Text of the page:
I am no expert on minimalism, I only know what I have discovered during my personal journey. As I have said before minimalism will look different to everyone. One common thing I hope is true for all who choose a more minimalist lifestyle is that we place a high value on people, experiences and making memories and a lower value on stuff, especially extra stuff. During a season of insane consumerism and people frequently saying, "I have to go holiday shopping" I am so grateful to have discovered minimalism. It has helped to to shift my view further and really have awesome experiences and make great memories with my kids. I also feel it's setting a great example for them during a season of too many toy commercials. They have come to appreciate spending time with friends and family more than getting this year's toy of the moment. They get more excited about holiday get togethers and playing with friends than they get about gifts. Now I'm not going to lie, we still have a bit of the 'I wants' here in our house, its not a minimalist paradise with my kids refusing gifts and donating their toys to charity. My son especially likes to tell me all the things he wants regularly, not just during the holidays. If we have conversations about what we REALLY want and need and he has time to reflect he usually changes his mind, at least to something that he really values and not some gimmick as seen on TV item.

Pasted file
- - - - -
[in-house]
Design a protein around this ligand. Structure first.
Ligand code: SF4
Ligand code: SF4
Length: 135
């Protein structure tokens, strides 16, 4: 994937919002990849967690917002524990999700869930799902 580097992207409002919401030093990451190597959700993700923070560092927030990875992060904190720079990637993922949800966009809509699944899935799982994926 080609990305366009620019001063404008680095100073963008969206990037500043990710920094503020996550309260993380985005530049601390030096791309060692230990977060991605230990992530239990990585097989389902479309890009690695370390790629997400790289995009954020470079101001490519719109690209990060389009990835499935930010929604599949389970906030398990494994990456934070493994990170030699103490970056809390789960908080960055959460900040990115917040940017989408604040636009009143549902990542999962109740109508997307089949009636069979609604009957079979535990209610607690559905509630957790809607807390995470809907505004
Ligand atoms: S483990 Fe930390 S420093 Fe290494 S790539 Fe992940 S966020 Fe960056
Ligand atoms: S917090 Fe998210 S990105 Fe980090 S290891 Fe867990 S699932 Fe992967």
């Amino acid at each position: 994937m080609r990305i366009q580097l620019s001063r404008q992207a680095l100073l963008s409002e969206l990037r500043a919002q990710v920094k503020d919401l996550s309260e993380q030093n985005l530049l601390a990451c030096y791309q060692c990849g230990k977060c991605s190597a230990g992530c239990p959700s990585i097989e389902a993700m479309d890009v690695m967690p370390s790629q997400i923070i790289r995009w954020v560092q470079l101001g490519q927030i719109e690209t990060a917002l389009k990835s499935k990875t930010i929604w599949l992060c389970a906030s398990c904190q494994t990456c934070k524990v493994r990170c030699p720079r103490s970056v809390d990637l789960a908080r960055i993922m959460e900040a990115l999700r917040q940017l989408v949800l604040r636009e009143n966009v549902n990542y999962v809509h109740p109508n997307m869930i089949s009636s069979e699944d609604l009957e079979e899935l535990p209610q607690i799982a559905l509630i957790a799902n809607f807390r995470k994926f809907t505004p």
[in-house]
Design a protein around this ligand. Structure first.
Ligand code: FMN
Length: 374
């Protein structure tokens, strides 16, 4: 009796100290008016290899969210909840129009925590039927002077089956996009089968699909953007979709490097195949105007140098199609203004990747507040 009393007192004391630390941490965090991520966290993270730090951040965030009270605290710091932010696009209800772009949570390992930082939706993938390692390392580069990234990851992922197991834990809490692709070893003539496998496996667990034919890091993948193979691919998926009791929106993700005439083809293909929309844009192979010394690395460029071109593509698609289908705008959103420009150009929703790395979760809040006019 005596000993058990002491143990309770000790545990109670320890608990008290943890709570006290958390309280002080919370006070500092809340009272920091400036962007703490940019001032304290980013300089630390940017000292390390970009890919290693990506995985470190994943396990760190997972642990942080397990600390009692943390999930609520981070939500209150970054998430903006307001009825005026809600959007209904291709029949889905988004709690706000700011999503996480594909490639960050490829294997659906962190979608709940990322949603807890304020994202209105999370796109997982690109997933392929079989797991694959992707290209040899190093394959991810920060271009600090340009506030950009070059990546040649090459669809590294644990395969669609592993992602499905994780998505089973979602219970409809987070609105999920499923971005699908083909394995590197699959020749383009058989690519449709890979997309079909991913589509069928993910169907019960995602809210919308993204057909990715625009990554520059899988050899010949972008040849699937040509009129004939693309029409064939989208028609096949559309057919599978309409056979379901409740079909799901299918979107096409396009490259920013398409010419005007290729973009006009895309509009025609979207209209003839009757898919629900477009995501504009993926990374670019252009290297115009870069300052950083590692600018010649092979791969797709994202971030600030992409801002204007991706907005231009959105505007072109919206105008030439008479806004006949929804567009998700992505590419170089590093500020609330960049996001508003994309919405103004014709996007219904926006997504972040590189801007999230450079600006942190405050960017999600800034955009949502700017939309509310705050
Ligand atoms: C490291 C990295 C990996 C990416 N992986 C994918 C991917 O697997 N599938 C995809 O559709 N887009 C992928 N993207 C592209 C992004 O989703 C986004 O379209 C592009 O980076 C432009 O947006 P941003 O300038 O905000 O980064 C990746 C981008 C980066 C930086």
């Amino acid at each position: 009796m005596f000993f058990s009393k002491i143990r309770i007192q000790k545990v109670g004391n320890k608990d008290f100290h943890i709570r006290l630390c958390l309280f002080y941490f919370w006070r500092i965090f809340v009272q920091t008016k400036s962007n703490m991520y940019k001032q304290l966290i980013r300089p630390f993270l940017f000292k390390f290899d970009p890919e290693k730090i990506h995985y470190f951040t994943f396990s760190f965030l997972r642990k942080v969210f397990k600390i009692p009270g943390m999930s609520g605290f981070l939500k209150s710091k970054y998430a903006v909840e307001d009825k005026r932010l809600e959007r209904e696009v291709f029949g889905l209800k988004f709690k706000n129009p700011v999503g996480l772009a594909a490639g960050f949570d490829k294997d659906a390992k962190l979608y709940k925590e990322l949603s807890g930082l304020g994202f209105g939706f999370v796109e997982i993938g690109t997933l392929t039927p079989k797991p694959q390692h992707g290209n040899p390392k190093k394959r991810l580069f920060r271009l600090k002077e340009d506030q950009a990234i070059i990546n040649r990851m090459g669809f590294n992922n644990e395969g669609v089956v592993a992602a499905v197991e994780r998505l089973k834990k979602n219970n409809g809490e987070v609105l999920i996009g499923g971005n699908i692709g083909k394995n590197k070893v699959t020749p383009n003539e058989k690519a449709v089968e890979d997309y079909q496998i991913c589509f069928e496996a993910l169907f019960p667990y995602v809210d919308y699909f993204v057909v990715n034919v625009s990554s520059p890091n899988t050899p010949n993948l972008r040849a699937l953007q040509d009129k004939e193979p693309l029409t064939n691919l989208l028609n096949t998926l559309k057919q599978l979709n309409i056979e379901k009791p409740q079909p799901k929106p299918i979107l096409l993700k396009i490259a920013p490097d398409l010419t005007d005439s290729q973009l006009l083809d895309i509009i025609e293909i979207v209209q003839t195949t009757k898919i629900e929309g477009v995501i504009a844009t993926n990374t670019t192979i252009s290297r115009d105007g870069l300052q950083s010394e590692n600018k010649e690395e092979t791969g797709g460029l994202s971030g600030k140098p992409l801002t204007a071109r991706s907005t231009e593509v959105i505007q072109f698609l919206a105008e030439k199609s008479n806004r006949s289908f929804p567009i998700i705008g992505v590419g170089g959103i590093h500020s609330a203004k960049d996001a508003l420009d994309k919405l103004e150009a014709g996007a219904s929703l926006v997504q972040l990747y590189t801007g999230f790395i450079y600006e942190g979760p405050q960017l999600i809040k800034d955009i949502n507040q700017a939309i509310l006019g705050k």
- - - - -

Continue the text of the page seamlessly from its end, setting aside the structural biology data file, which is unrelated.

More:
I wanted to take the time to share what the holidays look in our family since we have embraced a more minimalist lifestyle. During our journey, which didn't happen overnight, we have also gotten real with money and our relationship to it. (Thank you Dave Ramsey!) We refuse to go into debt to give anyone gifts, we don't use credit cards for the holidays. That keeps us in a good place financially especially after the needles have fallen off the tree and all the eggnog is gone, we are not in debt. We also choose to make gifts for people, usually bake bread & cookies, make granola or soup mixes, or other fun homemade gifts. If we choose to buy gifts we try not to do it in the mindset of 'have to', I think when you get into that mindset you often end up not really thinking of the person at all. At least that is what I found for myself. If I am going to buy a gift I try to spend my money with good conscience, I enjoy Trades Of Hope, Ten Thousand Villages, and shopping locally at small businesses. You can also gift used items, I buy things from Craigslist or from Facebook yard sale all the time. Quite often you can get awesome deals and you are possibly helping another family afford their holidays that way. Another thing I have done during the holidays is be honest with people. Our families are really generous not only to our kids but to us. We have asked that they only give gifts to the kids and for those to be gifts of experiences. Not all the family is on board but over the past couple of years we have had amazing times at Adventure Aquarium in Camden with a year family membership from my parents and this past year they gifted us a family membership to The Franklin Institute in Philadelphia. There was no gift to take up physical space but the memories we made going there many times over the course of the year were priceless. My son loves to receive movie gift cards and for anyone who has taken a family of 5 to the movies you know that really adds up, so we can definitely see more movies with gifts like that! My kids also love gift cards to other places so they can buy what they want, sometimes that does mean a toy but its something they really enjoy and they get to learn the value to money when they spend their gift card. We have had many conversations in the toy aisle about money and what they want to spend their money on and what they don't. For our family not on board with gifting experiences or gift cards they usually buy things the kids need like jammies and socks, usually with fun characters on them so I can't really complain about that.